The loss of federally funded financial aid money would be significant. Yale undergraduates received more than $3.4 million in federal grants and $1.9 million in federal work-study earnings in the 2006-’07 academic year, Chief Financial Aid Officer Caesar Storlazzi said.

Among American universities, more than $75 billion in federal financial aid is given to students annually, according to the National Association of Student Financial Aid Administrators.

Representatives of the Motion Picture Association of America and the Recording Industry Association of America were unavailable for comment Monday. But in a statement, MPAA chairman Dan Glickman praised the proposed legislation.

“Intellectual property theft is a worldwide problem that hurts our economy and costs more than 140,000 American jobs every year,” Glickman said. “We are pleased to see that Congress is taking this step to help keep our economy strong by protecting copyrighted material on college campuses.”

The 747-page bill was introduced by Rep. George Miller, D-Calif. — chairman of the Education and Labor Committee — and Rep. Ruben Hinojosa, D-Texas.

A spokesman for the committee could not be reached Monday, when Congressional offices were closed for Veterans Day. The bill is to be examined by committee members this week, Miller and Hinojosa said in a statement.

PCWorld

Bill Cuts Financial Aid if Campus File-Sharing Persists

Universities could lose financial aid for students if they are not able to reduce the amount of illegal file-sharing taking place on their college networks, according to a new education bill introduced into Congress on Friday.

The bill (PDF), under a section titled "Campus-Based Digital Theft Prevention," would require all institutions participating in the financial aid program to take further measures in both displaying and enforcing its policies on illegal downloading.

Specifically, the bill would force universities to "develop a plan for offering alternatives to illegal downloading or peer-to-peer distribution" as well as "explore technology-based deterrents" to illegal P2P sharing. Many believe that such "alternatives" could include university-wide subscriptions to services like Napster or Ruckus an ad-supported music service that offers free music to college students.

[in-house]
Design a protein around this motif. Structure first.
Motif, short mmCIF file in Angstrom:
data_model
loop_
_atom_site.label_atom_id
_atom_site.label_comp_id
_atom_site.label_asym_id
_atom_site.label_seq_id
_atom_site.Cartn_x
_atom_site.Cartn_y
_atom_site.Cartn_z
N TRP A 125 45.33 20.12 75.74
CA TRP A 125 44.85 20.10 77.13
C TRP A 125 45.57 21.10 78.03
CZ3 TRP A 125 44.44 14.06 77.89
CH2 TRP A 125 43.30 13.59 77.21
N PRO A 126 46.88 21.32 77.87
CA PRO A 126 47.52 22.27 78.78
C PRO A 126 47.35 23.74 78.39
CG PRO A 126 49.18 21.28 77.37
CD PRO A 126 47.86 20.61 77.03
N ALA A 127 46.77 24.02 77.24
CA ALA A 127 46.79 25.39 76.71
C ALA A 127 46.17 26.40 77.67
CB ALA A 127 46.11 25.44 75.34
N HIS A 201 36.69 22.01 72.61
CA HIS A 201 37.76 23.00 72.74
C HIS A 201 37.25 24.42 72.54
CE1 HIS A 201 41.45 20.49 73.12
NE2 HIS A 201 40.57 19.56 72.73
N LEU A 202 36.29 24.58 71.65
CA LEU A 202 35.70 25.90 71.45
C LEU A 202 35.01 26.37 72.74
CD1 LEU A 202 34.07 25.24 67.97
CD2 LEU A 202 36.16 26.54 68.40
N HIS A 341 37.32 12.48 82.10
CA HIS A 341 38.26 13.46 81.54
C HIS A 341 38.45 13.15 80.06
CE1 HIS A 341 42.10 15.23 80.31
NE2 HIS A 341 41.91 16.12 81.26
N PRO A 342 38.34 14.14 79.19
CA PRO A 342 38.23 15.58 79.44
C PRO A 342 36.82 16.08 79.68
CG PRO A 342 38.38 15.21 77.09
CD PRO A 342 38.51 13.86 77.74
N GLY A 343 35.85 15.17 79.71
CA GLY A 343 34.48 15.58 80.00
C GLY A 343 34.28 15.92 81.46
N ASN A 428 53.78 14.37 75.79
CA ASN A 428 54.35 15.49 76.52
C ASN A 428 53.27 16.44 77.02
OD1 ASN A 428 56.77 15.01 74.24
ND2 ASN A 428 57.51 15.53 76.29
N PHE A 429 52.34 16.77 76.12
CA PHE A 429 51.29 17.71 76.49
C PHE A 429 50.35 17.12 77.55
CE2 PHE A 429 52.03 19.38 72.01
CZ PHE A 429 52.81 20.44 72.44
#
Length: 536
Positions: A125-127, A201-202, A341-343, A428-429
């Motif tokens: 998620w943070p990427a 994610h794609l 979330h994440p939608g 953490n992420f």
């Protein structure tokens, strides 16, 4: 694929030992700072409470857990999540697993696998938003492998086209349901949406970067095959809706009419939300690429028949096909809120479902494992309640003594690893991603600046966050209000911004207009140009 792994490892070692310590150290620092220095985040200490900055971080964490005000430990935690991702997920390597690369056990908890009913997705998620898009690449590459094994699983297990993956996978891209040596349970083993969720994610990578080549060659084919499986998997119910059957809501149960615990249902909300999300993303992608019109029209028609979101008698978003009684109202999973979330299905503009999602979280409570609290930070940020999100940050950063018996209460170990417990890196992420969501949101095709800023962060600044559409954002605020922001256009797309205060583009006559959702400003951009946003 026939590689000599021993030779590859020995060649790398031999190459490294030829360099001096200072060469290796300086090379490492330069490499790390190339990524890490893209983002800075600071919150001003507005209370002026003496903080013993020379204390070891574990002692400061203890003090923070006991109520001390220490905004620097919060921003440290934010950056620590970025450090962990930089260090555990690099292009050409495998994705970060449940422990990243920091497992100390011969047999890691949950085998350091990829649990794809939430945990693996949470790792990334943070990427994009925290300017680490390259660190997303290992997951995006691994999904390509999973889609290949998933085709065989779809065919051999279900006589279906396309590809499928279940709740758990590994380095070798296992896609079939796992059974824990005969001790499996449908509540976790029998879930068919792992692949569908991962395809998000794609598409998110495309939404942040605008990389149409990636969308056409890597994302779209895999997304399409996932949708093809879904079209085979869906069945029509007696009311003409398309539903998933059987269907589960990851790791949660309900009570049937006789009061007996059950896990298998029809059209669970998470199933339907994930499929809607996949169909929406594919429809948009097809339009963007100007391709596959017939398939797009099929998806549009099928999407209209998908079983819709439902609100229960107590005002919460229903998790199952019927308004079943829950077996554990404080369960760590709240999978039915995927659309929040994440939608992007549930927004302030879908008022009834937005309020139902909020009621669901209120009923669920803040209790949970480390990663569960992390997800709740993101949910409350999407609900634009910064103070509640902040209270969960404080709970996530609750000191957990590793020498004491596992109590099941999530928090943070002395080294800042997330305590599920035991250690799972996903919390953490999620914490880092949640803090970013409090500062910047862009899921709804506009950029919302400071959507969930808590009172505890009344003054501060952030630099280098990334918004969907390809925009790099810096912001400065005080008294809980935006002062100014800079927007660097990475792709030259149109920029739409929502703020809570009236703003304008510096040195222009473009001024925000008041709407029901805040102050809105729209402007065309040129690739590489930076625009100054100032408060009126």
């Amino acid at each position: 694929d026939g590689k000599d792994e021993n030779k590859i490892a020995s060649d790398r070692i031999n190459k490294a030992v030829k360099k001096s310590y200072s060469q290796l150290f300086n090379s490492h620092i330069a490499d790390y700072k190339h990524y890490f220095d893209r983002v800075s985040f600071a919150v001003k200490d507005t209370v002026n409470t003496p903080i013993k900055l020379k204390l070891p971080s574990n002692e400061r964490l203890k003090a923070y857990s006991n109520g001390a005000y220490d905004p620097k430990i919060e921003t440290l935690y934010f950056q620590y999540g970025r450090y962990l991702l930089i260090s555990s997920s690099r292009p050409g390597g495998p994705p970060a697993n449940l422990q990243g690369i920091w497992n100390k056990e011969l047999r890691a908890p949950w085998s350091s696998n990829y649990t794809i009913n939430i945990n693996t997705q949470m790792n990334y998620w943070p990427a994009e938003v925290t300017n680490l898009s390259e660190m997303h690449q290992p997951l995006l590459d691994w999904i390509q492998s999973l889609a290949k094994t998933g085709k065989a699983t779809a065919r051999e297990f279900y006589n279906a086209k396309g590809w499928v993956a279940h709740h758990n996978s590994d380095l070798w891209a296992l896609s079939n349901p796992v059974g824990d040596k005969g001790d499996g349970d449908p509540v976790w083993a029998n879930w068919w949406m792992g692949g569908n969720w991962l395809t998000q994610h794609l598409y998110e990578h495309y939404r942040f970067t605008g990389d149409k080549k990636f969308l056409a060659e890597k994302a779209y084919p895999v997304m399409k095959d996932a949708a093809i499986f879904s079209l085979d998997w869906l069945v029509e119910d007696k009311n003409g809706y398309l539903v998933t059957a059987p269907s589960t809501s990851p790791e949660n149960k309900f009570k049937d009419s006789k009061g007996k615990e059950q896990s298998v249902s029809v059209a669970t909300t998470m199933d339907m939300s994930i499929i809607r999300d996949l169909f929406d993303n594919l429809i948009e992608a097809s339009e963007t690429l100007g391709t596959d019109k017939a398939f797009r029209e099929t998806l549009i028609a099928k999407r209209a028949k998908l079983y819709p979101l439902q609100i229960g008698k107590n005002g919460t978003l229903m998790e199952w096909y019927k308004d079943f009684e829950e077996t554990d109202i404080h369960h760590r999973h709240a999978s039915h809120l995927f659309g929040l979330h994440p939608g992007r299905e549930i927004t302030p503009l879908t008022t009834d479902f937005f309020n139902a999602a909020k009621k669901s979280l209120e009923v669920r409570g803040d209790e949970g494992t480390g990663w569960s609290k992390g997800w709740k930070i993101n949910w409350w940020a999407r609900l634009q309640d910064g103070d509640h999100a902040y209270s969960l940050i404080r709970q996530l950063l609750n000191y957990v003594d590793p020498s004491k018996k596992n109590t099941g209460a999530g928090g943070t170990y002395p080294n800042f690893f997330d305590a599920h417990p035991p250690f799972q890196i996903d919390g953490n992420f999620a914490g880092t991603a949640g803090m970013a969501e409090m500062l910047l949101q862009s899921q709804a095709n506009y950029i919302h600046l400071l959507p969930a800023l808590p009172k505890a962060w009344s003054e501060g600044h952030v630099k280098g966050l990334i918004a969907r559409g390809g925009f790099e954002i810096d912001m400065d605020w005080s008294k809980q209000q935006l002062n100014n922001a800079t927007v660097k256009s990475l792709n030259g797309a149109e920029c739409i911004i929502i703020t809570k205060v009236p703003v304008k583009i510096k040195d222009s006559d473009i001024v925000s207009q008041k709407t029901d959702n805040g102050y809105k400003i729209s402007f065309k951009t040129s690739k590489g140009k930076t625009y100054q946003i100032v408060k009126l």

According to the bill, failure to comply with the recommendation would mean drastic consequences.

In response to the bill, university faculty have written an open letter to the bill's primary sponsor, Congressman George Miller, stating: "…it is our understanding that the consequences of the Secretary deciding that a targeted institution has failed to prevent illegal file sharing would be loss of Title IV student aid eligibility. Such an extraordinarily inappropriate and punitive outcome would result in all students on that campus losing their federal financial aid."

That's right – all students, even those who don't participate
in illegal downloading or own a computer period would be impacted by this bill.

The letter, which was signed by the presidents of Stanford and Penn State, the chancellor of the University of Maryland and the general counsel of Yale, makes the point that universities are already taking measures to reduce illegal fire sharing.

Additionally, universities point out that the proposal applies only to higher-education schools -- "which industry leaders admit are responsible for only a small fraction of illegal file sharing"-- as opposed to other ISPs associated with the problem.

Given the strong opposition, we can only hope that the proposal is struck down for its sweeping punishments before amendments are made to the Higher Education Act. After all, what sense does it make to punish all students for the actions of a few?
 

poopiebottoms

Sparkling Wiggles Lover
Aug 23, 2002
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#2
This is just fucking out of hand. Stripping innocent students of their funding because some douche can't cover their tracks when downloading shitty music is ridiculous.

When are lawmakers and the public going to stand up to these lobbyists for the entertainment industry?
 

kidohio

Registered User
Jan 15, 2005
282
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#4
boy its great to know that our government is more worried about illegal downloading of music rater than oh, the war, health care social security, fuck it im moving to canada
 

HumpX

Character Assassin
Oct 30, 2004
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#5
Just goes to show how much influence some people in the entertainment industry have. These are the same parasite cocksuckers dragging grandmothers into court for downloading heavy metal and not caring that they might have made a mistake with the IP identification. Why should taxpayers have to pay for the policing of some shysters music label?